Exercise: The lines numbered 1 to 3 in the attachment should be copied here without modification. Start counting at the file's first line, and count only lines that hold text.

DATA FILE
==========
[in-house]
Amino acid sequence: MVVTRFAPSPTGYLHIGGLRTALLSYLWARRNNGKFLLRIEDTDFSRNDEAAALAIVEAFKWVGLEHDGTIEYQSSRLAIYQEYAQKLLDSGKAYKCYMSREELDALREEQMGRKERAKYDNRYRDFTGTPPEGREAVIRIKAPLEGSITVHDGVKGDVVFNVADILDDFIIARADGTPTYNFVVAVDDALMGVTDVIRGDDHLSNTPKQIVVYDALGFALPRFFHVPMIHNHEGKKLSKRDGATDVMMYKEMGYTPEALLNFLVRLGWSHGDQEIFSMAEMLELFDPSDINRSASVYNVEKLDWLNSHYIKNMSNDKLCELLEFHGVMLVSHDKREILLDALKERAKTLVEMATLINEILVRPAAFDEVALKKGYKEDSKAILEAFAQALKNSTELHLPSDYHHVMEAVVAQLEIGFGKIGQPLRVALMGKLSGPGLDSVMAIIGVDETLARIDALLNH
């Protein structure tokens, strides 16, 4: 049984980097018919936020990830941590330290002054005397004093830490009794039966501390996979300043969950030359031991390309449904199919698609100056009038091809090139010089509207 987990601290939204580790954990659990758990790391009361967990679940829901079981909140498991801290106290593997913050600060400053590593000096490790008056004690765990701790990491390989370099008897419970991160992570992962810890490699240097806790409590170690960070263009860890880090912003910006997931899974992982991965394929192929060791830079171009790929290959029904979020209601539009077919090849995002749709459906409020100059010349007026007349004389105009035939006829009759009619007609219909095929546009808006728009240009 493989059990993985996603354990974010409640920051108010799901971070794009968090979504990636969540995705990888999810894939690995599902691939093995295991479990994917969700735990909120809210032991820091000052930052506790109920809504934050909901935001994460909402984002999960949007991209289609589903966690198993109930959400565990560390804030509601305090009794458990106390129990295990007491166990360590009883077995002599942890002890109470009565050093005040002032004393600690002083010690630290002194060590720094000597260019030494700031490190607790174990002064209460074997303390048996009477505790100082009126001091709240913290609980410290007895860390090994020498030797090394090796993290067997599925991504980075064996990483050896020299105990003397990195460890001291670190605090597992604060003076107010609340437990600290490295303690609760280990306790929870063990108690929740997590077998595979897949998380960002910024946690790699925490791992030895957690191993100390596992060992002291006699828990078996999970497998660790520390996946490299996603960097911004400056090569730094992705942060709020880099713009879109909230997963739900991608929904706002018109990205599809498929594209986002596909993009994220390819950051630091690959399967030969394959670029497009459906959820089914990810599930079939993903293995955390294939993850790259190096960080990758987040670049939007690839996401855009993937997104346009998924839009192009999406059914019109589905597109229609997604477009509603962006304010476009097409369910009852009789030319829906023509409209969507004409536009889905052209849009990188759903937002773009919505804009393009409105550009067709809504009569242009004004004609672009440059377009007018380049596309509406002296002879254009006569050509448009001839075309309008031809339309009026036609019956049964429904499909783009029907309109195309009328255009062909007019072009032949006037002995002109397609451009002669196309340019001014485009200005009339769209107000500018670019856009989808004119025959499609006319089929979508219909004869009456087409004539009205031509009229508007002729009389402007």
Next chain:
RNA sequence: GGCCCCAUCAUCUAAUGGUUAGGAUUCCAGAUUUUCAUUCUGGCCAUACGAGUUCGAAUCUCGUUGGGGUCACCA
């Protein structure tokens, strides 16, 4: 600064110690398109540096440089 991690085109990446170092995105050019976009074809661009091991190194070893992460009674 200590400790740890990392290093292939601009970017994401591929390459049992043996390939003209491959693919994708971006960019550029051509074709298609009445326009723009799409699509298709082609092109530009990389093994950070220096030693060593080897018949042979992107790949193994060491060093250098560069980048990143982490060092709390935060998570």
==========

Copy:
[in-house]
Amino acid sequence: MVVTRFAPSPTGYLHIGGLRTALLSYLWARRNNGKFLLRIEDTDFSRNDEAAALAIVEAFKWVGLEHDGTIEYQSSRLAIYQEYAQKLLDSGKAYKCYMSREELDALREEQMGRKERAKYDNRYRDFTGTPPEGREAVIRIKAPLEGSITVHDGVKGDVVFNVADILDDFIIARADGTPTYNFVVAVDDALMGVTDVIRGDDHLSNTPKQIVVYDALGFALPRFFHVPMIHNHEGKKLSKRDGATDVMMYKEMGYTPEALLNFLVRLGWSHGDQEIFSMAEMLELFDPSDINRSASVYNVEKLDWLNSHYIKNMSNDKLCELLEFHGVMLVSHDKREILLDALKERAKTLVEMATLINEILVRPAAFDEVALKKGYKEDSKAILEAFAQALKNSTELHLPSDYHHVMEAVVAQLEIGFGKIGQPLRVALMGKLSGPGLDSVMAIIGVDETLARIDALLNH
């Protein structure tokens, strides 16, 4: 049984980097018919936020990830941590330290002054005397004093830490009794039966501390996979300043969950030359031991390309449904199919698609100056009038091809090139010089509207 987990601290939204580790954990659990758990790391009361967990679940829901079981909140498991801290106290593997913050600060400053590593000096490790008056004690765990701790990491390989370099008897419970991160992570992962810890490699240097806790409590170690960070263009860890880090912003910006997931899974992982991965394929192929060791830079171009790929290959029904979020209601539009077919090849995002749709459906409020100059010349007026007349004389105009035939006829009759009619007609219909095929546009808006728009240009 493989059990993985996603354990974010409640920051108010799901971070794009968090979504990636969540995705990888999810894939690995599902691939093995295991479990994917969700735990909120809210032991820091000052930052506790109920809504934050909901935001994460909402984002999960949007991209289609589903966690198993109930959400565990560390804030509601305090009794458990106390129990295990007491166990360590009883077995002599942890002890109470009565050093005040002032004393600690002083010690630290002194060590720094000597260019030494700031490190607790174990002064209460074997303390048996009477505790100082009126001091709240913290609980410290007895860390090994020498030797090394090796993290067997599925991504980075064996990483050896020299105990003397990195460890001291670190605090597992604060003076107010609340437990600290490295303690609760280990306790929870063990108690929740997590077998595979897949998380960002910024946690790699925490791992030895957690191993100390596992060992002291006699828990078996999970497998660790520390996946490299996603960097911004400056090569730094992705942060709020880099713009879109909230997963739900991608929904706002018109990205599809498929594209986002596909993009994220390819950051630091690959399967030969394959670029497009459906959820089914990810599930079939993903293995955390294939993850790259190096960080990758987040670049939007690839996401855009993937997104346009998924839009192009999406059914019109589905597109229609997604477009509603962006304010476009097409369910009852009789030319829906023509409209969507004409536009889905052209849009990188759903937002773009919505804009393009409105550009067709809504009569242009004004004609672009440059377009007018380049596309509406002296002879254009006569050509448009001839075309309008031809339309009026036609019956049964429904499909783009029907309109195309009328255009062909007019072009032949006037002995002109397609451009002669196309340019001014485009200005009339769209107000500018670019856009989808004119025959499609006319089929979508219909004869009456087409004539009205031509009229508007002729009389402007």